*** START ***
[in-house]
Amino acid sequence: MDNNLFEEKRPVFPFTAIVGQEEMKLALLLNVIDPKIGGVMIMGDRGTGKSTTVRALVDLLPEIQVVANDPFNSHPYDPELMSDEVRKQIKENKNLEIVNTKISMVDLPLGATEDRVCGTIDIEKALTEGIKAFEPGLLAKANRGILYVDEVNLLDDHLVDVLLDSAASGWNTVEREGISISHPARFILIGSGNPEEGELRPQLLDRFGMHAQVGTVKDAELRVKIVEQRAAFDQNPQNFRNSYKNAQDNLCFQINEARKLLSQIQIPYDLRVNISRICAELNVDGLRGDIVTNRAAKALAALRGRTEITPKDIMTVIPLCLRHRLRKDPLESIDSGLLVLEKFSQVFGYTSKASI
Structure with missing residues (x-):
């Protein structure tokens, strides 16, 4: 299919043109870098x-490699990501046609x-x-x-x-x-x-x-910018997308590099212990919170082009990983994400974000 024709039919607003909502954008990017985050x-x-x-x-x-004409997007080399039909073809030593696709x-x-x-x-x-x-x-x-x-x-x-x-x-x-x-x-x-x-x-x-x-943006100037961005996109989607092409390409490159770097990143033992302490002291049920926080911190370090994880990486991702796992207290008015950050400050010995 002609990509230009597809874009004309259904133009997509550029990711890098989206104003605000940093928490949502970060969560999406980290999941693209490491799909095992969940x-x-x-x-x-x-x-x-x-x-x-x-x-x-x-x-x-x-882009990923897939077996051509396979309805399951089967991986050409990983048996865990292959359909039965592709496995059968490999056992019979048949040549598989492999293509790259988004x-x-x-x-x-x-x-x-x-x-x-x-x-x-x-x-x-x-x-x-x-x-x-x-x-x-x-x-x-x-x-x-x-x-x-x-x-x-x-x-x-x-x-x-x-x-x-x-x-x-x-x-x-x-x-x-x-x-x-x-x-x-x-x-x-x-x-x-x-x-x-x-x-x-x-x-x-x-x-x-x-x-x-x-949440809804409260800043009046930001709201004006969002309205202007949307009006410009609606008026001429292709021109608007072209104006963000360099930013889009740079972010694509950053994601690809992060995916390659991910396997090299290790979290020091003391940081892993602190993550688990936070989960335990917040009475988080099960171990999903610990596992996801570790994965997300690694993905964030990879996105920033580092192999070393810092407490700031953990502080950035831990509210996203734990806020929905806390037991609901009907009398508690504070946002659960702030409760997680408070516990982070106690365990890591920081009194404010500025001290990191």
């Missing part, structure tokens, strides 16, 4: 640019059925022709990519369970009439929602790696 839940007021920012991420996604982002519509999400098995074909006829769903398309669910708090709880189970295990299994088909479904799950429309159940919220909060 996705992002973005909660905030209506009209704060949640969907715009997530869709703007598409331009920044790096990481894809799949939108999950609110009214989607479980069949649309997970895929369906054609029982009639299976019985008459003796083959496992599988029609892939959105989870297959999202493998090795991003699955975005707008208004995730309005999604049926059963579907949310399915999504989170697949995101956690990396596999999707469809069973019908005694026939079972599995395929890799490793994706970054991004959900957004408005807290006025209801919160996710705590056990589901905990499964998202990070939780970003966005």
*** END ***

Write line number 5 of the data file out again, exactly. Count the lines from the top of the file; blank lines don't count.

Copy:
């Missing part, structure tokens, strides 16, 4: 640019059925022709990519369970009439929602790696 839940007021920012991420996604982002519509999400098995074909006829769903398309669910708090709880189970295990299994088909479904799950429309159940919220909060 996705992002973005909660905030209506009209704060949640969907715009997530869709703007598409331009920044790096990481894809799949939108999950609110009214989607479980069949649309997970895929369906054609029982009639299976019985008459003796083959496992599988029609892939959105989870297959999202493998090795991003699955975005707008208004995730309005999604049926059963579907949310399915999504989170697949995101956690990396596999999707469809069973019908005694026939079972599995395929890799490793994706970054991004959900957004408005807290006025209801919160996710705590056990589901905990499964998202990070939780970003966005």